Skip to content

Blog Tour Review! Self-Contained: Scenes From A Single Life by Emma John

Self-Contained: Scenes From A Single Life is an autobiographical collection of intelligently funny anecdotes about the life of Emma John, a single, childless woman approaching 40 years old. It is a sharp, witty book that reframes a life of singleness.

This review is brought to you in association with the LoveReading UK Ambassador Book Buzz Blog Tour that I am hosting along with some other bloggers in the community. See below or click the link for more information.

The clever title makes me think of tiny London flats with their extortionate rents, where you can reach the kitchen from the bed, usually requiring single occupancy. Whilst Emma’s John’s book shows only a diminutive understanding of this plight, I found her book overall, to be intuitively relatable and hilarious!

From stories about university life, workplace dissatisfaction, family, online dating and holiday-making, John takes us on a journey through the events in her life that have led to her eventual singledom. At times gut-busting in its hilarity and at times sombre, these recollections explore the dichotomy of loneliness and independence, synonymous with singleness. It is also probing in the way it considers how language associated with ‘growing up’ always seems to point to coupledom. I thought reflective moments such as this and others like it were perfect in terms of rethinking the societal norms of being single.

Self-Contained is a funny, intelligent and laid-back book that I thoroughly enjoyed reading.

Rating: 3 out of 5.

You Might Also Like:

Books I’m Reading for Bisexual Visibility Week

As it’s currently Bisexual Visibility or Awareness week, an international celebration that is observed annually from 16 – 23 September, I’ve compiled a line-up of books with bi characters that I’m hoping to finish by the end of this month.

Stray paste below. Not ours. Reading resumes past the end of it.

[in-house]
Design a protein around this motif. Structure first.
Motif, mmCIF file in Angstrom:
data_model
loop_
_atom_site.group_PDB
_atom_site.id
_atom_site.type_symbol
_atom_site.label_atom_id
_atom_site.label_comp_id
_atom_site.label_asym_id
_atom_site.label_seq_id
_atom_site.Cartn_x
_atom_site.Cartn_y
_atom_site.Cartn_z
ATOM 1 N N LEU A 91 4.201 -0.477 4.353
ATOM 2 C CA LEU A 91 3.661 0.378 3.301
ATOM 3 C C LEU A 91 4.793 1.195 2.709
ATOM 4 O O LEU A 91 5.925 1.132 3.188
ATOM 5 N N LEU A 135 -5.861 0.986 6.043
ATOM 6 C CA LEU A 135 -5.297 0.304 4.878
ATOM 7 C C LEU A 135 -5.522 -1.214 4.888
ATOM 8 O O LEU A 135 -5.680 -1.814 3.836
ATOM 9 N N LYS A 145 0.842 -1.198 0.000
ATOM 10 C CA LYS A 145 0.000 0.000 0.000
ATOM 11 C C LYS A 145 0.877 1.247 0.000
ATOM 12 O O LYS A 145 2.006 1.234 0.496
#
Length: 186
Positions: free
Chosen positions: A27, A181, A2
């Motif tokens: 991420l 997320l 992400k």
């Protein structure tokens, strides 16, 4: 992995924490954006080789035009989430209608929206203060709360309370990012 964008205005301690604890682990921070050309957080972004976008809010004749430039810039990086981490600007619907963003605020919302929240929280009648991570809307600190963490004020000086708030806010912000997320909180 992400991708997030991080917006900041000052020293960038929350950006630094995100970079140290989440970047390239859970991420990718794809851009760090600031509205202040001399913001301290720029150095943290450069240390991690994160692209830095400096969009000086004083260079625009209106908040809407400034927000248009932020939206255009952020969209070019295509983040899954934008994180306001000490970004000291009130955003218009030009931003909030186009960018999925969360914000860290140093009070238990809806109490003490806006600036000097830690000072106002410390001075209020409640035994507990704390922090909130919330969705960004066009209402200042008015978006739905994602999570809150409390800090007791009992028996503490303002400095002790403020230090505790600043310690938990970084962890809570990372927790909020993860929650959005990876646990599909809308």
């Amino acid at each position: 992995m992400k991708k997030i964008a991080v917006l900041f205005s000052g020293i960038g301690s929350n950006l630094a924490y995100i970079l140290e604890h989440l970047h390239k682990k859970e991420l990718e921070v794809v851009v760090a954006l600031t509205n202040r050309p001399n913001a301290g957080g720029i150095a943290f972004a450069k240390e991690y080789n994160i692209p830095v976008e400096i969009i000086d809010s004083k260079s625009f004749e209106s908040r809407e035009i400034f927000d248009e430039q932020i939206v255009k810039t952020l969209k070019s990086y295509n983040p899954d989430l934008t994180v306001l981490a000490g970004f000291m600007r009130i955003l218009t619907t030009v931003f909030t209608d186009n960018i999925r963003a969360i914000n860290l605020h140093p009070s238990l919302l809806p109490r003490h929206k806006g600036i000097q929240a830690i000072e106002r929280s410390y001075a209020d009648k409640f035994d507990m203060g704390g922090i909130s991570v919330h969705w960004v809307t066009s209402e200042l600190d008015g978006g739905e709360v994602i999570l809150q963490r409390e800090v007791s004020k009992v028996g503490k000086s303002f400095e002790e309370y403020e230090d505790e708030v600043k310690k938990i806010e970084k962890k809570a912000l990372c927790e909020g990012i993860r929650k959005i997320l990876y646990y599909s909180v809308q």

Book Review! BLACK JOY – An Essay Collection

From essays about revolutionising the way we perceive masculinity to Carnival to Caribbean food to creating spaces for Black people to enjoy cultural expression … these essays discuss how Black Joy can either be a deeply personal or collective experience.

Let’s Talk About Cancel Culture

To claim victimhood for simply having an opinion is a wilful act of ignorance that completely disregards the detrimental impact those opinions have on society’s most vulnerable people.

2 Comments »

  1. This sounds like a really interesting book. The point about language being associated with coupledom as we grow up has me thinking about Dr. Britney Cooper in “Eloquent Rage” saying that as we get older it’s rare that you get “celebrated” outside of being partnered or having a baby unless you pursue higher education or have a birthday. That’s stuck with me ever since.

Leave a Reply

Fill in your details below or click an icon to log in:

WordPress.com Logo

You are commenting using your WordPress.com account. Log Out /  Change )

Google photo

You are commenting using your Google account. Log Out /  Change )

Twitter picture

You are commenting using your Twitter account. Log Out /  Change )

Facebook photo

You are commenting using your Facebook account. Log Out /  Change )

Connecting to %s

This site uses Akismet to reduce spam. Learn how your comment data is processed.

%d bloggers like this: